The early bird registration deadline for the 16th National No-Tillage Conference is October 31. Register today for only $217 for the first attendee and $187 for each additional member of your family or farm. This is a $30 discount off the regular price. Plus, this year, your registration includes a 1-year subscription to No-Till Farmer. There are several ways to register. Call (866) 839-8455 or (262) 432-0388. Fax your registration to (262) 786-5564. Register online at: or mail: National No-Tillage Conference, P.O. Box 624, Brookfield, WI 53008-0624.

New Field Crop Entomologist on Board

Andy Michel is our newest addition to the entomology specialist team. He has long been interested in entomology since his undergraduate in the Department of Entomology at Purdue University. There, he worked with a few systems, such as examining genetics of Hessian fly resistance to wheat, biological control of a potato beetle, and the establishment of the soybean aphid in Indiana during 2001. At the University of Notre Dame, he completed a Ph.D. studying insect population genetics and adaptation in mosquitoes, specifically an African malaria vector. He has just finished a 2-year post-doctoral study on a major pest of apples, the apple maggot fly Rhagoletis pomonella. For the apple maggot fly, Andy studied how the native population that infests hawthorn trees has shifted hosts to attack apples. Andy’s larger research goals are to understand the genetic underpinnings involved in how insect pest species adapt to the changing agricultural landscape. For example, what genetic changes occurred within western corn rootworm for it to infest first year corn? How fast will this adaptation migrate? He is also interested in how insect populations migrate, establish populations, and exchange genes. In this manner, he hopes to have better predictions of increasing pest populations. He also hopes to be able to contribute to the transgenic/refuge debate - how much refuge is necessary, does placement and configuration change the number of refuge populations are refuge populations mating with any potential Bt survivors? As our methods of agriculture adapt, so will insect pests. Tracking and understanding these adaptations will be key to the management of pests. Andy is eager to be working with the Agronomic Crops Team and with all the growers in the state of Ohio. (He will also easily forgo his allegiances to the Boilermakers and the Irish and is very happy to be rooting for the Buckeyes!)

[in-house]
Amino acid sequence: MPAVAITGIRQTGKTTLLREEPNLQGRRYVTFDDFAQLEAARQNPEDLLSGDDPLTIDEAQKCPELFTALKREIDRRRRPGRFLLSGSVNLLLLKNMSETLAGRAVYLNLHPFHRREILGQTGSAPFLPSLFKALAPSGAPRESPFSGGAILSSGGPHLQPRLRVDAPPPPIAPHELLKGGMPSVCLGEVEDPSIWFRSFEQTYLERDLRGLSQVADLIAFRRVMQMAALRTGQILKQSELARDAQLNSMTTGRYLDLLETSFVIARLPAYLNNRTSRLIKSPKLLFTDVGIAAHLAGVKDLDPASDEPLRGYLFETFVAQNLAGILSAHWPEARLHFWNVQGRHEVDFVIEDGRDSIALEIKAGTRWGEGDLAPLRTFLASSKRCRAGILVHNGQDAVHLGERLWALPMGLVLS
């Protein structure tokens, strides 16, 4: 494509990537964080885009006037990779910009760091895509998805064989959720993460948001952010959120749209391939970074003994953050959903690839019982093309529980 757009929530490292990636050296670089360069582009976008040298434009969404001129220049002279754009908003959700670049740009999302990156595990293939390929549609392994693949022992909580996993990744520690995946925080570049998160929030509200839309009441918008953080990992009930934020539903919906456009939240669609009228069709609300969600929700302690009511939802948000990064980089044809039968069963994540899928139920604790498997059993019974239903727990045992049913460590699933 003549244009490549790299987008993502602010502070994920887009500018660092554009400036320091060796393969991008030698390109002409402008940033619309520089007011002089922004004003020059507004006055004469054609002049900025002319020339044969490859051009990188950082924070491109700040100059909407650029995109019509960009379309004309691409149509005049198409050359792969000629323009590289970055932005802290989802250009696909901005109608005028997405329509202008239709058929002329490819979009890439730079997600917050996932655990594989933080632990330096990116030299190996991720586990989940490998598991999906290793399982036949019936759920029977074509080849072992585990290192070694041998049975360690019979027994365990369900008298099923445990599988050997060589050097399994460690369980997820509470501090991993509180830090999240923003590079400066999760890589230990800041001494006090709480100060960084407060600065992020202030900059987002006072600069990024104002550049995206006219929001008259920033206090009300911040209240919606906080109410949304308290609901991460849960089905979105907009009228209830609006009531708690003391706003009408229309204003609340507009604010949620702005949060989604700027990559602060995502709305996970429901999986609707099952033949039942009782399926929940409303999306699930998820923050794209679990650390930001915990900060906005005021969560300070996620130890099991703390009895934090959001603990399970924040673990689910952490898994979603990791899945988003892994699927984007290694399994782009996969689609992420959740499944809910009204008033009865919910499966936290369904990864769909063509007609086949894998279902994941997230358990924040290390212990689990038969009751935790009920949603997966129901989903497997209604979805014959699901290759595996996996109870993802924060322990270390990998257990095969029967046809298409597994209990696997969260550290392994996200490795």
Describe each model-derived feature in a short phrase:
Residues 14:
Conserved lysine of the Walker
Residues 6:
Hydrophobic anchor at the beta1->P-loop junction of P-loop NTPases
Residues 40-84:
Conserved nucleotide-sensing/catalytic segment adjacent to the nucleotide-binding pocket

Archive Issue Contributors: 

State Specialists: Ann Dorrance, Pierce Paul and Denis Mills (Plant Pathology), Ron Hammond, Andy Michel and Bruce Eisley (Entomology), Mark Loux and Jeff Stachler (Weed Science), Randall Reeder (Agricultural Engineer), and Jim Beuerlein (Small Grains). Extension Educators: Harold Watters (Champaign), Howard Siegrist (Licking), Roger Bender (Shelby), Glen Arnold (Putnam), Wes Haun (Logan), Mike Gastier (Huron), Steve Foster (Darke), Gary Wilson (Hancock), Greg LaBarge (Fulton), and Curtis Young (Allen).

Crop Observation and Recommendation Network

C.O.R.N. Newsletter is a summary of crop observations, related information, and appropriate recommendations for Ohio crop producers and industry. C.O.R.N. Newsletter is produced by the Ohio State University Extension Agronomy Team, state specialists at The Ohio State University and the Ohio Agricultural Research and Development Center (OARDC). C.O.R.N. Newsletter questions are directed to Extension and OARDC state specialists and associates at Ohio State.